Tech focus: Enhancing and augmenting information assets

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Semantic enrichment is the enhancement of content with information about its meaning. It augments the amount of information carried by specific words or composition of words, thereby enhancing its value by making it easily discoverable and relatable to other data sets or information assets.

In research communication semantic enrichment can, on the one hand, mean the design or packaging of content to increase human or machine comprehension, but it can also mean the augmentation, association with, or the embedding of additional content in a format other than text – such as an infographic, video explanation, or other form of data visualisation. Semantic enrichment strategically brings focus to the main message of the content, makes specific content stand out above the rest of the narrative, and enhances its discoverability – through ‘human’ or ‘machine’ information processing. 

Recent key developments

Advances in natural language processing (NLP) through machine learning (ML) is the major key development that has had, and will continue to have, significant impact on both the production and consumption of semantically enriched articles.

For example, in life sciences, text mining has become an important tool for researchers and the most fundamental task is the recognition of biomedical named entities, such as proteins, species, chemicals, genes, diseases and so on. The ability to automatically develop effective word embeddings for biomedical literature has substantially enhanced text-mining in that area.

Word embeddings capture semantic similarities between words that are not visible from their lexicographic form; for instance, the words ‘enables’ and ‘allows’ are syntactically very different, yet their meaning is somewhat related.

Challenges of scale, and responses to it, are the most important theme of the last decade. On any given topic, there is simply too much information available in myriad formats and modalities for a person to digest. ML, algorithmic personalisation, the rise and normalisation of Wikipedia, Google’s ‘featured snippets,’ and Netflix burying search in favour of browsable ‘taste clusters’ all attempt to mediate discovery at scale and account for this. Semantic enrichment leans on these algorithmic solutions to attend to the scale problem. These solutions lean on semantic enrichment to isolate content into trusted categories, enabling ML to extrapolate and identify similar material.

The movement toward graphic and video representation of data is becoming more pronounced. Article and page design is being adjusted to accommodate infographics and video in association with, as well as embedded within, the article. While ML is likely the next phase – requiring a level of sophistication of meta-tagging and word semantic association – for now, the ‘stopping power’ of an article, or of a dataset, is very much the success factor for human comprehension.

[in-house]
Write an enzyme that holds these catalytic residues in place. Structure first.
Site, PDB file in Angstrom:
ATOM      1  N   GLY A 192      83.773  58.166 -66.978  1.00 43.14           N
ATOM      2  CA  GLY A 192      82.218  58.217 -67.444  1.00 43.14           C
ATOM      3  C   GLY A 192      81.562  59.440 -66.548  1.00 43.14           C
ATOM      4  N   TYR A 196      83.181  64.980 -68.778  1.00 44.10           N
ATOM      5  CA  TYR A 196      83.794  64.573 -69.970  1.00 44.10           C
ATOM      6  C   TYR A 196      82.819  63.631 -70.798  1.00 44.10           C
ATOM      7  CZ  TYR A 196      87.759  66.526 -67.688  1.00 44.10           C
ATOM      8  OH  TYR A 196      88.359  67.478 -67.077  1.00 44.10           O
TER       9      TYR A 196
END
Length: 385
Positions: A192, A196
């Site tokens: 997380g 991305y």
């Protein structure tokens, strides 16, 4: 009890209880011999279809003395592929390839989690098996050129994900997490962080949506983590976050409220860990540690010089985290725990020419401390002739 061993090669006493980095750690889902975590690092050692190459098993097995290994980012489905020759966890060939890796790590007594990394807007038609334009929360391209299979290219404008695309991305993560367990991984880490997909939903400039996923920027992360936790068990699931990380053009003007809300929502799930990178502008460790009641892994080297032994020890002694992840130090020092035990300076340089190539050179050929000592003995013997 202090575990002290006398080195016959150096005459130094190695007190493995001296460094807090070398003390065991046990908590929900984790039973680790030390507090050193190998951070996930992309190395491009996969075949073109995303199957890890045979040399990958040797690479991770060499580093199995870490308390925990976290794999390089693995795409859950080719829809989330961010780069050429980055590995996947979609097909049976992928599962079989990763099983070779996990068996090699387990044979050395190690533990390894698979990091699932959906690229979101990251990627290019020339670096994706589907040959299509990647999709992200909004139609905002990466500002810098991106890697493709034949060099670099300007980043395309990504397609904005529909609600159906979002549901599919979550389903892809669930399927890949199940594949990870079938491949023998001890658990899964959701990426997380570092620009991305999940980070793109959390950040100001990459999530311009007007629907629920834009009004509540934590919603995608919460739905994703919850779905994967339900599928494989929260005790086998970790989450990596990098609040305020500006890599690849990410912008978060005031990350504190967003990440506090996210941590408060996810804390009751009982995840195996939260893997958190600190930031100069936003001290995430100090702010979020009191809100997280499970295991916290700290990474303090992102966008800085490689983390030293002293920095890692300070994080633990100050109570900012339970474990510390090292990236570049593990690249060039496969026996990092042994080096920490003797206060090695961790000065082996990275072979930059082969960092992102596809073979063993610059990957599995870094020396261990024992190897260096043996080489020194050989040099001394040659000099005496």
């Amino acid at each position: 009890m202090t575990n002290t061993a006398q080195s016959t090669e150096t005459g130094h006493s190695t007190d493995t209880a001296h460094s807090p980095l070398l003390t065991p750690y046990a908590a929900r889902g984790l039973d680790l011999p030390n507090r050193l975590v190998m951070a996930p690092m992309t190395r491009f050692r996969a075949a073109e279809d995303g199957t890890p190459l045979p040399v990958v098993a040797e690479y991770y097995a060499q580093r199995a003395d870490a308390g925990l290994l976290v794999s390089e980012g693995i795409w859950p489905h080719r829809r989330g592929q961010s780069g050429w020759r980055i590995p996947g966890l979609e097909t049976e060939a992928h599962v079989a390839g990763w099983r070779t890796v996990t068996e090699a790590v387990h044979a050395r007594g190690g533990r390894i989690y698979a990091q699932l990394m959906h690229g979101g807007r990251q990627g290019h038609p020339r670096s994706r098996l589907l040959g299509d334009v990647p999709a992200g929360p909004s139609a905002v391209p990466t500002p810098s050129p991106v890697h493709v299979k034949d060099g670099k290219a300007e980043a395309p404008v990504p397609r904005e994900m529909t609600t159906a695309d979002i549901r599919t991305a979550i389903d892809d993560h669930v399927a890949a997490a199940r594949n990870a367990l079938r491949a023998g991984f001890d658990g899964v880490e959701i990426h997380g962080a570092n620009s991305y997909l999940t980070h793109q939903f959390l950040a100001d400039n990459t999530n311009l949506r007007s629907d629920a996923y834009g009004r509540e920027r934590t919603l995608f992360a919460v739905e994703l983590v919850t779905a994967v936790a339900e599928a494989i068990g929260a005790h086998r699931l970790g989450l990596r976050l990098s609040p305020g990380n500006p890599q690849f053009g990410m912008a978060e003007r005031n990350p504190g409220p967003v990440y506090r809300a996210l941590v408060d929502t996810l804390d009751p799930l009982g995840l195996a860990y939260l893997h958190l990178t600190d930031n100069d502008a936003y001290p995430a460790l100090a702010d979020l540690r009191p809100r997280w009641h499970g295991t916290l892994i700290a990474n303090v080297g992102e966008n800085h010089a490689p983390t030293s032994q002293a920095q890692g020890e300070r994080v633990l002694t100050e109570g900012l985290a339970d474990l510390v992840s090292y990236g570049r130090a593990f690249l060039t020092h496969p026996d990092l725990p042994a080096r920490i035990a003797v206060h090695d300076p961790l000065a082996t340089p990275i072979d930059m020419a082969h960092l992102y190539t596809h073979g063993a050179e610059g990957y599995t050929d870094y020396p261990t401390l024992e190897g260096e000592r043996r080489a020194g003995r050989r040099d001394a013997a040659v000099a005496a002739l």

Benefits to the scholarly communications industry

These developments are critical to harness the research community’s scholarly output. They are leading towards huge shifts across research domains – from biomedical applications to chemical engineering – making current processes more efficient, but also introducing new workflows and opportunities.

For the publishing community, wide distribution and readership is the goal. For the public, ‘open’ accessibility and discoverability are the needs. For all population segments, semantic enrichment (the visualisation of data through enriched content like infographics and video) addresses the ‘stopping power’ of an article or element of data. 

Developments in semantic enrichment allow for faster discovery, easier and more precise searches for literature, and the reuse of published science in novel and unexpected ways. However, for semantically enriched papers to really be useful, publishers should consider providing the right application programming interfaces (APIs) to developers to ensure papers are accessible beyond the publisher’s site – not just by dominant search engines, but by researchers and developers alike.


Copyright Clearance Center  

RightFind Navigate and RightFind Enterprise together accelerate research by unifying information and data discovery and supporting copyright–compliant collaboration. 

RightFind Navigate with Semantic Search helps researchers identify relevant concepts through an expanded search that incorporates over 20 million synonyms from SciBite’s biomedical vocabularies and semantically enriches search results from indexed and API-based data sources in real time.

 RightFind Navigate enables researchers to find relevant content through contextualised discovery based on machine learning and smart data. Designed to streamline access to research information, RightFind Navigate unifies searching across multiple licensed content sources, publicly available data and internal proprietary content, empowering researchers to reveal connections and drive innovation. The solution provides a flexible, scalable, open ecosystem designed to maximise organisations’ return on their content and data investments.

With expertise in copyright and information management, CCC and its subsidiary RightsDirect design and deliver information solutions that power decision-making by helping people integrate and navigate data sources and content assets.

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